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Goodbyes are never easy

Posted by Wagner, Rebecca L - June 28, 2013 - Featured, Rebecca W., Students, Study Abroad


Today was the last day of school at the National Institute for Special Education – School for the Vision Impaired. The participants of this incredible trip choked back tears for two days as we said our farewells to the staff on Wednesday and then learners on Thursday. The emotions flowed freely throughout the lodge as reflections upon the last three weeks at NISE were shared.

africasidewalkchalk2It was break time on Wednesday and in the staff lounge gathered all of the UW-Stevens Point participants and the NISE staff. We, the participants, all brought coffee mugs that represented the university, Wisconsin or America; they were distributed so all of the teachers would have something to remember us by. Professor Patty Caro gave a speech on behalf of all of us stating how much we appreciated everyone at NISE and what our favorite moments were. It was then the staff’s turn to speak up if they had anything to say.

When the assistant principal and 9th grade math teacher Mr. Engelbrecht stood up he thanked all of us for our dedication to their school. He then went on to explain a challenge that arose in his classroom when I was observing. The lesson was currency exchange rates and the debate was how to properly multiply and divide to get the most accurate answer. I agreed with the learner’s method but that was not how it was being taught. After two days of going back and forth on this topic I discovered that what the learners and I thought was right, was in fact incorrect. I gave Mr. Engelbrecht my U.S. to Namibian dollar exchange rate chart and showed him that the figures match exactly his way of teaching. He was very happy to have been challenged by both the learners and I, he accepted the challenge, researched it and reassured me that the best way to learn is from your students. What a wonderful lesson to take away from this trip.

Only one other staff member stood up to speak; Mrs. Louw, the kindergarten teacher that I worked with directly, cleared her throat and looked in my direction. She is a very soft spoken women that retired many years ago and came back to teach because she is so passionate about teaching children. She said, “I would like to offer my appreciation and thanks to Becky for inspiring me in so many ways.” All I could do was smile and shed some tears of happiness and joy. It was at this moment that I realized that I not only impacted one teacher, but multiple teachers. It also became clear to me that making in impact on someone’s life is the most important thing you can do.

When preparing to leave the children for the last day of school with them I drew many pictures on plain white paper with crayons. I knew that the students with very poor vision could at least feel the crayon pictures and have an idea of what I was leaving for them. I personalized each drawing with a happy, inspirational message that was personal to each child. In return, many of the children wrote me letters back, gave me small tokens of appreciation and shared with me some intimate memories of their time with me. All of these things made my smile grow and grow while choking back tears of love and sadness.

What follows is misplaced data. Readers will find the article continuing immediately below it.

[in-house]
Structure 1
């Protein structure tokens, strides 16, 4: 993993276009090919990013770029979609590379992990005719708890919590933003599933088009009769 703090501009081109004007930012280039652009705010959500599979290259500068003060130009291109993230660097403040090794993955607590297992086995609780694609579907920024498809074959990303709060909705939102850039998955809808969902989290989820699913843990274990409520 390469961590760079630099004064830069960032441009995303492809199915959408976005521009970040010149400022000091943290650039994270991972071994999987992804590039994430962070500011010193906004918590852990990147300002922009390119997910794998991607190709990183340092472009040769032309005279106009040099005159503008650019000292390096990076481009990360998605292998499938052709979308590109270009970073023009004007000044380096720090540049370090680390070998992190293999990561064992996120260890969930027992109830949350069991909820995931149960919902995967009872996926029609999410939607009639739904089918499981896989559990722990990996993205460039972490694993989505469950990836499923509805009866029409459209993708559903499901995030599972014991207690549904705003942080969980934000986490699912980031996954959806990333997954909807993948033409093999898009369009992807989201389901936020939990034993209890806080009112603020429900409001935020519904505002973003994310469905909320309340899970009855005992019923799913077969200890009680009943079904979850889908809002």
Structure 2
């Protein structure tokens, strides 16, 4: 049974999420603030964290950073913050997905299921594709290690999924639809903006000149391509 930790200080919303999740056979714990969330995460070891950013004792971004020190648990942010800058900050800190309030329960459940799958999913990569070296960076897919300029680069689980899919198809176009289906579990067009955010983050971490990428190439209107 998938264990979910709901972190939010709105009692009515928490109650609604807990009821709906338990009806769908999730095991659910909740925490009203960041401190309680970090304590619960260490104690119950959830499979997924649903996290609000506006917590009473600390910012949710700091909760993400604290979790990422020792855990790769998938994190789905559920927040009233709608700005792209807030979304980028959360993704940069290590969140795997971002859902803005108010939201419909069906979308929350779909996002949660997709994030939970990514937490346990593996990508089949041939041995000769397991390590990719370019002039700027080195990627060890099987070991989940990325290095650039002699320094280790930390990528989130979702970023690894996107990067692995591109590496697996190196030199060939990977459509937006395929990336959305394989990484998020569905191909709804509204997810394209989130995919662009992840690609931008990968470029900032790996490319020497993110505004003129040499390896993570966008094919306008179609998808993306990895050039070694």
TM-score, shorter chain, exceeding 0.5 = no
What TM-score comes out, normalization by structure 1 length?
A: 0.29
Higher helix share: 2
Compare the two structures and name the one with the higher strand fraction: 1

africaparachuteAfrica-Trip-2013-343After morning break we, the UWSP participants, arranged stations including soccer, parachute games, fake snow, and chalk drawing/jump roping for the children to participate in. It was our way of letting them have fun with us before the departure. This brought out many smiles and allowed many moments to capture some lasting photographs with the learners. As we wrapped the activities up the students prepared for an assembly to say farewell.


Africa-Trip-2013-533The assembly was so much more than I could have ever expected. I was thinking that the choir was going to perform for us and maybe a few more speeches. Instead, we were given a show that included dances to hip hop and pop music, songs that were voiced over by some very talented learners and a skit as well. It truly was made just for us by the learners and presented that way, too. Tears welled up because I was so happy to see the smiling faces enjoying themselves. We danced, ate lunch and then the hardest part of the day – gave hugs to all of the learners that we will possibly never see again. It was hard to hold back tears but we stayed as strong as we could to make our departure as positive as possible for all of the learners and staff at NICE.

What I have taken away from this trip is that I have made an impact of the learners and staff at NICE and they have made an impact on me. I have hopes and dreams for so many of them now and see so many shining stars throughout the different age levels. I know that our presence at the school will last for a long time as we felt the presence on the first day of school from the last group that was there a year earlier. I have many positive and wonderful memories that will last for my lifetime as well. NISE will always have a piece of my heart.

It really is true that it is better to have loved and lost than to have never loved at all. Thank you, Patty Caro, for this amazing opportunity and words of encouragement and support throughout the trip.


Rebecca Wagner, a junior majoring in early childhood education at UW-Stevens Point, is blogging about her study abroad experience in Namibia, Africa.

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